In his acceptance speech one year ago, President Barack Obama famously declared, in what appeared to be an unscripted moment, “We have to fix that.” He was referring to the egregiously long lines that marred the election experiences of voters around the country in 2012. Not isolated to one state or jurisdiction, long lines occurred in places as diverse as Maryland and Minnesota, South Carolina and Wisconsin, Florida and Texas.
Now, as millions of citizens are about to vote for everything from the New York City mayor to constitutional amendments in Texas, it is instructive to take stock of how elections have changed—for good and for ill—in the past year.
First, the good news: an encouraging number of states have taken steps to provide voters more access to the ballot box. This positive trend comes after state lawmakers around the country attempted a wave of restrictive voting measures—everything from requiring photo ID at the polls to cutbacks to early voting to curbing registration drives—in the lead-up to 2012.
Thankfully, many of those restrictive measures had been blocked or blunted by Election Day 2012 by voters, their advocates, and the U.S. Department of Justice.
Since then, state legislators introduced more bills to expand voting rights than to restrict them. At least 234 bills that would expand access to voting were introduced in 45 states, whereas 90 restrictive bills were introduced in 33 states. Reforms included efforts to modernize the voter registration system, largely through online options, increasing early voting opportunities, and easing restrictions on people with criminal convictions in their past.
Now for the bad news: some states are still trying to restrict voting rights. For example, while 10 states passed 13 bills to expand voting opportunities this year, there were still nine restrictive bills passed in eight states. To make matters worse, for the first time in almost 50 years, voters in some places will have to go the polls with fewer protections against racial discrimination.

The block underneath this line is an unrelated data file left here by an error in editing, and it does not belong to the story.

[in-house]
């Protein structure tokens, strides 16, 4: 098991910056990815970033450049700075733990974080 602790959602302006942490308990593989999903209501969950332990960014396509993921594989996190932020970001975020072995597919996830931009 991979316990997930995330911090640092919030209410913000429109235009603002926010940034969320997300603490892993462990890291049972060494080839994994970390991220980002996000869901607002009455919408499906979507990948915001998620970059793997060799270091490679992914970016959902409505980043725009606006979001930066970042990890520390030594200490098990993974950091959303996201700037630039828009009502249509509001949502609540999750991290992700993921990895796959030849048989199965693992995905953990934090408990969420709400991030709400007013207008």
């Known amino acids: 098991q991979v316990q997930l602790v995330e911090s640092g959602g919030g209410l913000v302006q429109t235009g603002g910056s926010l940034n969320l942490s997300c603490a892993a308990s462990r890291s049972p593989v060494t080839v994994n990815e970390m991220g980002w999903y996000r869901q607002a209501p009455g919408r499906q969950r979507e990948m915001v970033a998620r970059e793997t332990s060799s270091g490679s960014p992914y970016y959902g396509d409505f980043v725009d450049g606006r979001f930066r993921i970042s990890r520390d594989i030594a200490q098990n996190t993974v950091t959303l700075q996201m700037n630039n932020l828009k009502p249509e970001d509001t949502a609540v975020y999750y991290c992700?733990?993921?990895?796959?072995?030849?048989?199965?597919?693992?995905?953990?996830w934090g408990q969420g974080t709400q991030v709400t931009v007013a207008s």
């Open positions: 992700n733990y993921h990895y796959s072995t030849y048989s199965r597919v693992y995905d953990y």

In June, the U.S. Supreme Court overturned a key provision of the Voting Rights Act, a law many consider the crowning achievement of the civil rights era. Under Section 5 of the Act, jurisdictions with a history of discrimination must seek pre-approval of voting rule changes that could negatively affect minority voters.
This process, known as “preclearance,” blocks discriminatory election changes before they are implemented—and before they can harm voters. In Shelby County v. Holder, the Court invalidated Section 4 of the Voting Rights Act—the provision that determines which states and localities are subject to Section 5’s requirements. As a practical matter, this means Section 5 is inoperable until Congress enacts a new coverage formula.
States immediately pounced on the opportunity. The North Carolina legislative leadership acknowledged that the absence of Section 5 inspired the omnibus election bill that is the subject of no fewer than four lawsuits and has been called the most restrictive piece of voting legislation since 1965. There were few active legislatures in states formerly covered by Section 5 but we may be seeing the beginning of new and discriminatory barriers.
Congress has not passed a new coverage formula, nor enacted any legislation that would address the problems of long lines. The much-needed new coverage formula will require a groundswell of public pressure on our federal representatives.
The president, however, has taken a first step to help solve the long lines problem of 2012, appointing the Commission on Election Administration earlier this year.
The bipartisan commission is charged with improving the voting experience and promoting “the efficient administration of elections.” To bring election administration into the 21st century, the commission should promote ways to modernize our outdated voter registration system.
By managing voter rolls with updated technologies and tools, states can register more voters, save money, increase accuracy, and curb the potential for fraud. Already, 43 states, without fanfare or partisan wrangling, have implemented important modernization elements.
The commission is expected to submit its recommendations to the president in December. That may spur action in the states and in Congress. But all these efforts are meaningless if we continue to have large numbers of eligible voters staying home on Election Day.
Voting brings us together as Americans. Voting is the one time when we are all equal—whether young or old, rich or poor—and one time when we all have the same say. Make sure you join your family, friends, neighbors and fellow citizens at the voting booth on Tuesday.
Myrna Pérez is Deputy Director of the Democracy Program at the Brennan Center for Justice at NYU School of Law.